Next tour: We had a great walk in the rain in Wednesday 30 September 2020. Hopefully the next one will be crispy dry. No date yet.
Meet: Just outside Hebden Bridge station.
Booking: to book privately, please e-mail email@example.com.
Nestling in the Calder Valley, wired with wild waterways, is the idyllic village of Hebden Bridge, so hip it’s twinned with Chorlton-cum-Hardy and wherever Tom Waits is currently living. Here, in what used to be known as “trouser town” before the Corbynistas colonised, are sweeping vistas of heavy-hanging hills, comfort blanket-canals and enough independent shops to satisfy the most voracious windowlicker.
Hoisted up a mile higher is archaic Heptonstall where time stopped in 1730, a hamlet frozen in aspic and antiquity with the spookiest derelict church and the grave of Sylvia Plath.
This is a hard road. Bring your boots and enough loose change for a pint of Yorkshire’s best.
• Please check the weather first. If heavy rain is forecast we will have to abandon ship till the next time. Phone New Manchester Walks on 07769 29 8068 first if in doubt.
Not this tour, but sometime in the future
We recall the poetry of the controversial 1980s/1990s poet laureate with this guided tour of his West Yorkshire haunts.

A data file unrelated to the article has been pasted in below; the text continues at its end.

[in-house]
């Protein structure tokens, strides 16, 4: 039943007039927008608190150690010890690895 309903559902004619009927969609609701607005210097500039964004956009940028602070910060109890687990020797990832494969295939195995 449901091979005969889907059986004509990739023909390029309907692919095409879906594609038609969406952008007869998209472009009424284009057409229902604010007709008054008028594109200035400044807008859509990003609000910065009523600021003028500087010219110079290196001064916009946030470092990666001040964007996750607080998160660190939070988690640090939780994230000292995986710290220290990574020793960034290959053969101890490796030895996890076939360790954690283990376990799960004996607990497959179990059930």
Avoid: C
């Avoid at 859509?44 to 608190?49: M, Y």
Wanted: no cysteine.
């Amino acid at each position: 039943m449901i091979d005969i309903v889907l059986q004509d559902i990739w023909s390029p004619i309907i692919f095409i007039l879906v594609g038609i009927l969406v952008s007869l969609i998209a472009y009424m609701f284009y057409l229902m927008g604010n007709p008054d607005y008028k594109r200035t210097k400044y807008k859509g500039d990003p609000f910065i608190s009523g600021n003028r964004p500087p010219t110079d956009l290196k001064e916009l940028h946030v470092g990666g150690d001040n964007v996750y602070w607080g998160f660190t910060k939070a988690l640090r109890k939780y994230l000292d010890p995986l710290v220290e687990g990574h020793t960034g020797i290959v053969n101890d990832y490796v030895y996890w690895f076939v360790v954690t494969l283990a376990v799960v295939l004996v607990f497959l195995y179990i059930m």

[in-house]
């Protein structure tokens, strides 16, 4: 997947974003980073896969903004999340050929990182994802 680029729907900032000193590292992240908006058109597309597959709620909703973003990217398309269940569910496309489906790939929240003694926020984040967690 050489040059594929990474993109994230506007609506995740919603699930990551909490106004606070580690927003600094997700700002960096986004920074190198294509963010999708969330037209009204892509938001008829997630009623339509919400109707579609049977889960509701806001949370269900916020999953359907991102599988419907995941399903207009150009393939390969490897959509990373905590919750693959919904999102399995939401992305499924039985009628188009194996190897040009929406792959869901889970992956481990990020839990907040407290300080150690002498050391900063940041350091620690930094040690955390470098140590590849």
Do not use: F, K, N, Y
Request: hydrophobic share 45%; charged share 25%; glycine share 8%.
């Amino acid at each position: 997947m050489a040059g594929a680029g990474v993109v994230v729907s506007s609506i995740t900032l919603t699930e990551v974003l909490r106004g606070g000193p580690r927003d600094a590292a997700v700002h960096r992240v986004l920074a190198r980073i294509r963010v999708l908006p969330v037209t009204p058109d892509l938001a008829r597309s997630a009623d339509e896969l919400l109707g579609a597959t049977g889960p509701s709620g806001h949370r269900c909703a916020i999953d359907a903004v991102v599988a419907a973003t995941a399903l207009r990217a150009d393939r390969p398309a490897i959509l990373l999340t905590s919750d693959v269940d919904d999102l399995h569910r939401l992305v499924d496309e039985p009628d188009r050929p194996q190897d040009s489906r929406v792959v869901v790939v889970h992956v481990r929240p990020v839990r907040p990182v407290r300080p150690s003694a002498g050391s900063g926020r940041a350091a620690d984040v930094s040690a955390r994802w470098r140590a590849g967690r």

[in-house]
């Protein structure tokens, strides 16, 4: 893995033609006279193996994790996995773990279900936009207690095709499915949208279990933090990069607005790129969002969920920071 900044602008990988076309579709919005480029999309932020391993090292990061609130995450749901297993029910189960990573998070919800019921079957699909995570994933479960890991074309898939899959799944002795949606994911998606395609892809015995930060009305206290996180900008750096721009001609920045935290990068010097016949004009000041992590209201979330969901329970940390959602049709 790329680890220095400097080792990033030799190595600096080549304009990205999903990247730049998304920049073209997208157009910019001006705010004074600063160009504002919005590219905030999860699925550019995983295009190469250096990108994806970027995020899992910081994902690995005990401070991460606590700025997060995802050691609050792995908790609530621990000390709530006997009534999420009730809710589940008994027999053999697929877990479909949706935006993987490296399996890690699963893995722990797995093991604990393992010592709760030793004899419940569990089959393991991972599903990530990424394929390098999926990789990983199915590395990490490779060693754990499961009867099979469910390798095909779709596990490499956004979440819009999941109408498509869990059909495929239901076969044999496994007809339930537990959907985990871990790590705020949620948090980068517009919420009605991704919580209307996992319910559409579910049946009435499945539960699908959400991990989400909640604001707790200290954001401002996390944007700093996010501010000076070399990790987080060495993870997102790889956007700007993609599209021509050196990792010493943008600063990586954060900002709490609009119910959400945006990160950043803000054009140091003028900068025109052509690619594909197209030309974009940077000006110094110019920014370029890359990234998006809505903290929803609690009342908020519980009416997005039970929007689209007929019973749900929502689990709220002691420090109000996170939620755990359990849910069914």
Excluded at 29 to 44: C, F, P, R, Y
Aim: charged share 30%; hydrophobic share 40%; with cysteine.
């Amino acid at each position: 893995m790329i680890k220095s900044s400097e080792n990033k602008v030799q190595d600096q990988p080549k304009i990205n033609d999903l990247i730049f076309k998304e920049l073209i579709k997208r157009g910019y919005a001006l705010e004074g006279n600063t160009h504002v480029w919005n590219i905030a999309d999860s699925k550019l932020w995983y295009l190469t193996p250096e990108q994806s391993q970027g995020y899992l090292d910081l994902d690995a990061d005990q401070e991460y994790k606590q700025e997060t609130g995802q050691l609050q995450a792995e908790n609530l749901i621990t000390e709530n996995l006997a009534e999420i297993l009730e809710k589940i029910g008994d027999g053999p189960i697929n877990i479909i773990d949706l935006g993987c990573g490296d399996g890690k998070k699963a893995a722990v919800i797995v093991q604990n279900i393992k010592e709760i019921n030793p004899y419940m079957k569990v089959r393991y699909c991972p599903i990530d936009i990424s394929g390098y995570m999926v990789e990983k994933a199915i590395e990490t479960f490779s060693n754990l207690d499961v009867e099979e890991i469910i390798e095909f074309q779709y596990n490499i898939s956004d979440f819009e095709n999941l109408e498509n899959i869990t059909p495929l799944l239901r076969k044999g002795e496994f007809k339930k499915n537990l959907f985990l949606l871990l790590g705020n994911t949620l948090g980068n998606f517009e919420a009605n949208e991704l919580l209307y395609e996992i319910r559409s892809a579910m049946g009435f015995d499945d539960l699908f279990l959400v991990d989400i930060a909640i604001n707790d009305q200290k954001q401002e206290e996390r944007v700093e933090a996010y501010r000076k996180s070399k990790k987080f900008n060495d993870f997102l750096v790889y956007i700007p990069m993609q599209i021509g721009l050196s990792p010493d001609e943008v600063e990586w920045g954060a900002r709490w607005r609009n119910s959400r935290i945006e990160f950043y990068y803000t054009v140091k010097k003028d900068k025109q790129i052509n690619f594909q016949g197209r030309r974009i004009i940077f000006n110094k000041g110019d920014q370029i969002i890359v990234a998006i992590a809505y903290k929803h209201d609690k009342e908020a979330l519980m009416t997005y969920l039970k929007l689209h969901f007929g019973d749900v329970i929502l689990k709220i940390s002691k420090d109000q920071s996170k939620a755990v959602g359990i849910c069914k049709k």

The tour starts at Mytholmroyd station so that we can visit Ted’s birthplace, and the sights and sites of his childhood. We then walk to Hebden Bridge for a quick saunter around what used to be known as “Trouser Town” and off to the Stubbing Wharf pub, commemorated (and condemned!) in verse. After a quick break for liquid reinforcement we’re off into the hills to find Lumb Bank, home of the Arvon Centre, an 18th Century mill-owner’s property where Ted lived.
At that stage we’ll be in the absolute middle of nowhere but we need to get to Heptonstall to see Sylvia Plath’s grave. There are two routes. One is mundane by narrow road. The other is a precarious cliff-top trek from which we can see at the bottom the skeletons of previous fellow walkers who didn’t make it.
Heptonstall is an extraordinary adjacent hilltop village trapped in time. About 1718. Ruined by getting electricity yesterday. Here are the graves of the notorious coin clippers and the feted Sylvia Plath who Hughes drove to suicide.